References

 

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Kim, Yeong-mi. 1994. Silla bulgyo sasangsa yeongu (A Study on Buddhist Thought in Silla). Seoul: Minjoksa.

Na, Hui-ra (Na, Hee La). 2000. "Godae hanguk-ui syamanijeumjeok syegye-gwan-gwa bulgyojeok isang segye" (The Shamanistic Worldview of Ancient Korea and Buddhist Ideal World). Hanguk godaesa yeongu (The Journal of Korean Ancient History) 20.

____________. 2003. Silla-ui gukga jesa (The State Ritual of Silla). Seoul: Jisik Sanupsa.

Nam, Hui-suk. 1991. "Silla beopheungwangdae bulgyo suyong-gwa geu judo seryeok" (Acceptance of Buddhism in the Reign of King Beopheung of Silla and Its Leading Forces). Hanguksaron (Treatises on Korean His-tory) 25.

No, Tae-don. 1988. "5 segi geumseongmun-e boineun goguryeoin-ui cheonhagwan" (The Worldview of Goguryeo People as Revealed in the Fifth Century Inscription on Stone). Hanguksaron 19.

Seo, Yeong-dae. 1991. "Hanguk godae sin gwannyeom-ui sahoejeok uimi" (Social Significance of Ancient Korean Concept of God). Ph.D. diss., Seoul National University.

____________. 1995. "Goguryeo gwijok gamun-ui jokjo jeonseung" (Folklore surrounding the Ancestors of Goguryeo Nobility). Hanguk godaesa yeongu 8.

____________. 2003. "Goguryeo-ui gukga jesa: dongmaeng-eul jungsim-euro" (On the State Ritual of Goguryeo: Focusing on the Dongmaeng Ritual). Hanguksa yeongu (The Journal of Korean History) 120.

Sin, Jong-won. 1990. "Godae-ui ilgwan-gwa mu: syamanijeum-ui jeongchi sasangsajeok uiui" (Astrologist and Shaman in Ancient Times: The Importance of History of Political Thought of Shamanism). Guksagwan nonchong (Collection of Korean Historical Views) 13.

Yun, I-heum, et al. 1994. Dangun: geu ihae-wa jaryo (Dangun: An Understanding and the Sources). Seoul: Seoul National University Press.

 

 

 

 

 

Na Hee La (Na, Hui-ra) is Reseach Professor of Institute of Humanities Science at University of Ulsan. She received her Ph.D. in Korean History from Seoul National University in 1999. She has authored many books and articles including Silla-ui gukga jesa (The State Ritual of Silla) (2003) and "Godae hanguk-ui saengsagwan- yeonghon-gwan-eul jungsim-euro" (The Outlook on Life and Death in Ancient Korea: Focusing on a View of the Soul) (2003). E-mail: mythna@hanmail.net.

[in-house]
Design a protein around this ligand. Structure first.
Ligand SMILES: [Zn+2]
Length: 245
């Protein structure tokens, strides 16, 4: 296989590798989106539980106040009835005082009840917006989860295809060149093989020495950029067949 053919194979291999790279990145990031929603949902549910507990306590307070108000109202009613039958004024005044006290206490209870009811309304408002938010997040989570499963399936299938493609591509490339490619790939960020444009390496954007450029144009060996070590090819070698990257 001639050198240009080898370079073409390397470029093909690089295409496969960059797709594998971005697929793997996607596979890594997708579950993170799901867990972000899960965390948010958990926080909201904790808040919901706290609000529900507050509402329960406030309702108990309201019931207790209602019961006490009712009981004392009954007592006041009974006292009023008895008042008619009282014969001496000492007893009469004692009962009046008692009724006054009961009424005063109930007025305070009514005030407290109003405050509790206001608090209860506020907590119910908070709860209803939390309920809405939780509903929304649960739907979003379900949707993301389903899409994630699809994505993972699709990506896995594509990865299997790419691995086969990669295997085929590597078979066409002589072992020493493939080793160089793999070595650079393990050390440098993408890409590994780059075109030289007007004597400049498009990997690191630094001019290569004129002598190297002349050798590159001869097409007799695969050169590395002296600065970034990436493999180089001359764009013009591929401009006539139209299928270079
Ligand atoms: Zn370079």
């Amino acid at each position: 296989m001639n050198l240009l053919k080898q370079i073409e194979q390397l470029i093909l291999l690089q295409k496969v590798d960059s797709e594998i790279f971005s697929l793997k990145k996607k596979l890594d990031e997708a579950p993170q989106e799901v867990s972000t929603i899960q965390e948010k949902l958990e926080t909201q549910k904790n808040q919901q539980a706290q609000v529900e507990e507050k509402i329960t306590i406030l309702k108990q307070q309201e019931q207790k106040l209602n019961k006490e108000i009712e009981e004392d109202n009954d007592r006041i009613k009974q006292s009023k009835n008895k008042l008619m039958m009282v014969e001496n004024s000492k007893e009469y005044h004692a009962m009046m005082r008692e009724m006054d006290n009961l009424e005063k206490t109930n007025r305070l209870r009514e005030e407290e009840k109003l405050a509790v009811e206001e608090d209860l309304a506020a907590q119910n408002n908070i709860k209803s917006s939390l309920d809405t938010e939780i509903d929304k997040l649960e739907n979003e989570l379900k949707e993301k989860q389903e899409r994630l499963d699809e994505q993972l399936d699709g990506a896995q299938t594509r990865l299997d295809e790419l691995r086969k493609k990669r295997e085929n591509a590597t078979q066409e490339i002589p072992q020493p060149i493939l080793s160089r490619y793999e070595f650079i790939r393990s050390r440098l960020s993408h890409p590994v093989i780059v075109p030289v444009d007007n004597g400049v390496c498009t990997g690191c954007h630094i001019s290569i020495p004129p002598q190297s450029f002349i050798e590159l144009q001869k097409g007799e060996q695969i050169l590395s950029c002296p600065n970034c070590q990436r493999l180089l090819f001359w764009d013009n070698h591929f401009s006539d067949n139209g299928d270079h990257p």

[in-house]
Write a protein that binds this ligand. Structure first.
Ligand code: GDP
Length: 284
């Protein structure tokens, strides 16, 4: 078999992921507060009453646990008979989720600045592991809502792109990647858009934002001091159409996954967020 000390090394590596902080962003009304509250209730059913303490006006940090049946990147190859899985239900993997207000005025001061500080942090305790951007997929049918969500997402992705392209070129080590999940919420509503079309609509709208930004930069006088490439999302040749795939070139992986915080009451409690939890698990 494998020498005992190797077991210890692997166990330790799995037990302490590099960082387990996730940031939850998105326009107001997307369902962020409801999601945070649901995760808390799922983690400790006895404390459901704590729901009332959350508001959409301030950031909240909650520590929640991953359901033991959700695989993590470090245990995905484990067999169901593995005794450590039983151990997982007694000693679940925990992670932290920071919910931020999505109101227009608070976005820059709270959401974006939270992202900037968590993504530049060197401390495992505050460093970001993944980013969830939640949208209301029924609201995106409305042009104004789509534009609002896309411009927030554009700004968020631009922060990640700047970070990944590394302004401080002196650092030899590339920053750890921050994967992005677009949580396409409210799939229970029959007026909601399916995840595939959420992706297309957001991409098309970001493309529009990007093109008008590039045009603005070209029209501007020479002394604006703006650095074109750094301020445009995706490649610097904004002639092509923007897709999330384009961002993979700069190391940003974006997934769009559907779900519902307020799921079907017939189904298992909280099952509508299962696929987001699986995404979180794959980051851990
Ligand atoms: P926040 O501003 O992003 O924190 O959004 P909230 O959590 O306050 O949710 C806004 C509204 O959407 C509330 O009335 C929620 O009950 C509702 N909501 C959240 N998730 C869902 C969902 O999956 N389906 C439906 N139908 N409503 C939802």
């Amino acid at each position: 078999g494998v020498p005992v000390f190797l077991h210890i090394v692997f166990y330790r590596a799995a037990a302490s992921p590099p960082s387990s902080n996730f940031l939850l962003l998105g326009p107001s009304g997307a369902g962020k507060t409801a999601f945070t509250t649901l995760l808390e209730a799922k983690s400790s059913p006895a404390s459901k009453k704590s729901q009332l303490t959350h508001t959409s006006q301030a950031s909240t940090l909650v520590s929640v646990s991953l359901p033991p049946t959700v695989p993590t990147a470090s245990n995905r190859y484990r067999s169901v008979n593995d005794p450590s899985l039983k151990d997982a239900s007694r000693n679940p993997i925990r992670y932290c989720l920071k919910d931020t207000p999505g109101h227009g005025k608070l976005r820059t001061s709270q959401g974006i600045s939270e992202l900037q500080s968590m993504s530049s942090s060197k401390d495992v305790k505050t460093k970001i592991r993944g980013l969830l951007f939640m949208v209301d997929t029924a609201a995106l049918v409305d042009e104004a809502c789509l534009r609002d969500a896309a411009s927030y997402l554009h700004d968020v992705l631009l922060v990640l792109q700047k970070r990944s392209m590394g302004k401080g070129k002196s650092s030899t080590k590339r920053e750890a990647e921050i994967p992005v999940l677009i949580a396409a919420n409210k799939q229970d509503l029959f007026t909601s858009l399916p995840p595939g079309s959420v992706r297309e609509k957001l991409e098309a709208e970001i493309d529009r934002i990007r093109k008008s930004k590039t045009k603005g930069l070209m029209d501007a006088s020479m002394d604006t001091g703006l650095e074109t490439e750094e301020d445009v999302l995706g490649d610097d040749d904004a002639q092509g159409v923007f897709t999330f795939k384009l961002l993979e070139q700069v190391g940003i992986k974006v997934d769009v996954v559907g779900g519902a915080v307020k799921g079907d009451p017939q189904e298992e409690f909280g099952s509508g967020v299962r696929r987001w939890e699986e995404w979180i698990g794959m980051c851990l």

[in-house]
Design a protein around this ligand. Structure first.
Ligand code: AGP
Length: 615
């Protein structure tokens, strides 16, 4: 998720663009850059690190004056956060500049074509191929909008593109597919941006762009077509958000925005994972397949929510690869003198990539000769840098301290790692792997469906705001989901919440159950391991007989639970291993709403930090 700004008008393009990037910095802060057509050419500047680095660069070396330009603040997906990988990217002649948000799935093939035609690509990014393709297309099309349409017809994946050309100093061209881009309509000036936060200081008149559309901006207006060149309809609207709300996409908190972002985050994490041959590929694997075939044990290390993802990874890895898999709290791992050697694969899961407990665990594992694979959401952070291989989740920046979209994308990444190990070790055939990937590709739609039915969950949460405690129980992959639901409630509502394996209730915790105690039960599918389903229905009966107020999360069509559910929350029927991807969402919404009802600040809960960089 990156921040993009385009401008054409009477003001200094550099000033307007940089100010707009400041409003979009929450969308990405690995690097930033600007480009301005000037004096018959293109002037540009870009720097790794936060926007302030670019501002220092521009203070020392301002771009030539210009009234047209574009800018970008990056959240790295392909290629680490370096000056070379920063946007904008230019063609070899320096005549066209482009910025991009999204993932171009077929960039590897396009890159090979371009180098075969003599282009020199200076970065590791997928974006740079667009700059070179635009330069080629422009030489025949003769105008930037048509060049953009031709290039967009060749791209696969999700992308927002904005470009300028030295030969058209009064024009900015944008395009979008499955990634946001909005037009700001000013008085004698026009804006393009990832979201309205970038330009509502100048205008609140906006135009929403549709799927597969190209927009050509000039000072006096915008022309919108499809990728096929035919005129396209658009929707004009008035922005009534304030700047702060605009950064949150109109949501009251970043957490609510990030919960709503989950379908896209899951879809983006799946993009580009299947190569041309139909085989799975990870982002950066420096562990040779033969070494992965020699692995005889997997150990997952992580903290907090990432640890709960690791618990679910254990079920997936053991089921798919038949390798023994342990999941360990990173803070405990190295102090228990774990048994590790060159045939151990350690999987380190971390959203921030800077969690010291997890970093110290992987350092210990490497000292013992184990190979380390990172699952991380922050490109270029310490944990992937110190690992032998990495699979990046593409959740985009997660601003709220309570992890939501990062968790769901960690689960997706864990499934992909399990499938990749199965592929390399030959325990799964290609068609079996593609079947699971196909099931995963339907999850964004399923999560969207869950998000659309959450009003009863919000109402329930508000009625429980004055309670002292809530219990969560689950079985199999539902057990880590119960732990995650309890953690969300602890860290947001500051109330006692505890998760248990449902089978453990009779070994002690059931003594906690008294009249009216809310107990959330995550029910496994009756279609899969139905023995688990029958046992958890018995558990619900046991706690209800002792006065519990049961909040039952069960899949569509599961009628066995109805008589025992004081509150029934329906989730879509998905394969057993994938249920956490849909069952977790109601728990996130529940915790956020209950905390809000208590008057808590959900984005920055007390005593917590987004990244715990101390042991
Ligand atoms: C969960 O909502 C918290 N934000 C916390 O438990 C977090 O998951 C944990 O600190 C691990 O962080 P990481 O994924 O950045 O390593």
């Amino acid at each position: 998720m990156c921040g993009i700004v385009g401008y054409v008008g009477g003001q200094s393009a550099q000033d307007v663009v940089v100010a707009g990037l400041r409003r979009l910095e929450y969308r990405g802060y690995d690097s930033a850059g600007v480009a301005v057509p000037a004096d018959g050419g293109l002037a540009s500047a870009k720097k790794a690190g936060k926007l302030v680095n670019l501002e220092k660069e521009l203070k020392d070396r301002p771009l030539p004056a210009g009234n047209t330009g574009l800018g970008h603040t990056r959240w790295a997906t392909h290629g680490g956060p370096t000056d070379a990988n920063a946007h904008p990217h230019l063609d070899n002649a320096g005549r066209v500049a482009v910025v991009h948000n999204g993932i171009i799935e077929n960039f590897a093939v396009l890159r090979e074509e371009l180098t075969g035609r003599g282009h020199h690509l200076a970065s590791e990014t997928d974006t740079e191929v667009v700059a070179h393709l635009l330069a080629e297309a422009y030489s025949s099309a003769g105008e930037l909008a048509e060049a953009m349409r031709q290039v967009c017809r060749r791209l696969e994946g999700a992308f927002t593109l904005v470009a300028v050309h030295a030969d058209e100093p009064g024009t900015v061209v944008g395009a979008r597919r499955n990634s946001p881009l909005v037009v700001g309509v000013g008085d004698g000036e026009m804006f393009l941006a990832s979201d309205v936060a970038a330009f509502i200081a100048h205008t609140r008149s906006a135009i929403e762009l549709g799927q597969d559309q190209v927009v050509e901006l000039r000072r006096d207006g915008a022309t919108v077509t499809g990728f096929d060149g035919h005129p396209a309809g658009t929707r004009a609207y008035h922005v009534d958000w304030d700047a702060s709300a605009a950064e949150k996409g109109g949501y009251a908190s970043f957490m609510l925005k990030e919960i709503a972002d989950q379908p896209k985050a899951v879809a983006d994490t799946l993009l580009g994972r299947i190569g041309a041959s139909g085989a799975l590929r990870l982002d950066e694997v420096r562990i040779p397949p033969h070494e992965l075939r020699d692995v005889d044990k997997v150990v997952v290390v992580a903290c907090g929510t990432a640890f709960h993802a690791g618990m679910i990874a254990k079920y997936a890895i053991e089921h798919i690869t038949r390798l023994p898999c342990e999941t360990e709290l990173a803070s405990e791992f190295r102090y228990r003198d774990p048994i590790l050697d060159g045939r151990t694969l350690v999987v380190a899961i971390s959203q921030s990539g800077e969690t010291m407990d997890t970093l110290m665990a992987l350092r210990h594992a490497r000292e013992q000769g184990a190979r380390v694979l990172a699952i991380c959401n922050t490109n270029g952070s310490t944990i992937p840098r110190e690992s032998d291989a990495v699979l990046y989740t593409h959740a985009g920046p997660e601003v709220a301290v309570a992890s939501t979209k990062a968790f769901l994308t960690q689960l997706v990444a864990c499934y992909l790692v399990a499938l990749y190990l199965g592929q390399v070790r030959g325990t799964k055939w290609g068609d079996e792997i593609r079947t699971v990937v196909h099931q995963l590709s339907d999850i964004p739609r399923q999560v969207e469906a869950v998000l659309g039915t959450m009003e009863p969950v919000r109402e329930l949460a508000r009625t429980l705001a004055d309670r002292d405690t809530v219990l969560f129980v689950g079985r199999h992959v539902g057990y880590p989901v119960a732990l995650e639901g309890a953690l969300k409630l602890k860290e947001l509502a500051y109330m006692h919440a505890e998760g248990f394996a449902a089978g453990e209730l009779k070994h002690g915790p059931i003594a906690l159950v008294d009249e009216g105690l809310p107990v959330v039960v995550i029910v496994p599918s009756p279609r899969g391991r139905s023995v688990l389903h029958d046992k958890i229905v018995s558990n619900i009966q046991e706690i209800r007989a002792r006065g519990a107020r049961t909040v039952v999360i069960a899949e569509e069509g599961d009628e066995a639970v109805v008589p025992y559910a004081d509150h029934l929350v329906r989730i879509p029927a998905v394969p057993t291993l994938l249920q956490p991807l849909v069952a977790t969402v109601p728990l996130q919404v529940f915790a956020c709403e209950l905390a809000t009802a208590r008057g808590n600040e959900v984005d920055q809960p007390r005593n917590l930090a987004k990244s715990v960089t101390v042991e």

1.    Ideology is used here to have a broader meaning, one interchangeable with "worldview." In the primitive and ancient societies, where social differentiation has yet to take place and without a diversity in narrative about the world and people, it would do little harm to use the word "worldview," though somewhat ambiguous, as a conceptual system shared by the members of these societies instead of using the word "ideology," a term loaded with concepts such as domination and oppression. The term "ideology" will be used once the social relations between the ruler and the ruled become clearly defined as social differentiation takes place, and when the institutionalized political order is established.

  2.    For material on the Dangun including Dangun myth, see Yun I-heum et al. (1994).

  3.    "Won-gwang seohak" (Won-gwang, who studied in the West), in Samguk yusa (Memorabilia of the Three Kingdoms), gwon 4.

  4.    On the stone stele at the tomb of King Gwanggaeto and the epitaph of Moduru, Jumong, the founder of Goguryeo, is referred to as son of Heavenly God and son of the sun and the moon, respectively.

  5.    "Yeonorang se-onyeo" (Դ ), in Samguk yusa, gwon 1.

  6.    The founding myth of Goguryeo can be found in several sources, but none relates the story as grand in style as in Yi Gyu-bo, "The Story of King Dongmyeong," in Dongguk Yi sangguk jip (Colleted Works of Yi Gyu-bo), gwon 3.

  7.    For the myth of Hyeokgeose, see "Silla sijo Bak Hyeokgeose (Bak Hyeokgeose, the Founder of Silla), in Samguk yusa, gwon 1.

  8   For materials on Talhae, see "Talhaewang" (King Talhae), in Samguk yusa, gwon 1.

  9.    See the article on the Turkish Empire () in Zhoushu (Record of Zhou), juan 50.

10.     See the story of Namhae Chachaung in Samguk sagi (Historical Records of the Three Kingdoms), gwon 1.

11.     For more information, see article on Buyeo in Weishu (The History of the Wei Dynasty) of Sanguozhi (The History of the Three Kingdoms), juan 30 and article on Goguryeo in Hanyuan (Collection of Writings), juan 30.

12.     See "Hyungno yeoljeon" (Biography of the Hun), in Shiji (Historical Record), juan 110.

13.     For more on the founding myth of Gaya, see "Garakgukgi" (Historical Record of Gaya), in Samguk yusa, gwon 2.

14.     See "Buyeo," in Weishu of Sanguozhi, juan 30.

15.     See "Jesa" (Sacrificial Rites), in Samguk sagi, gwon 32.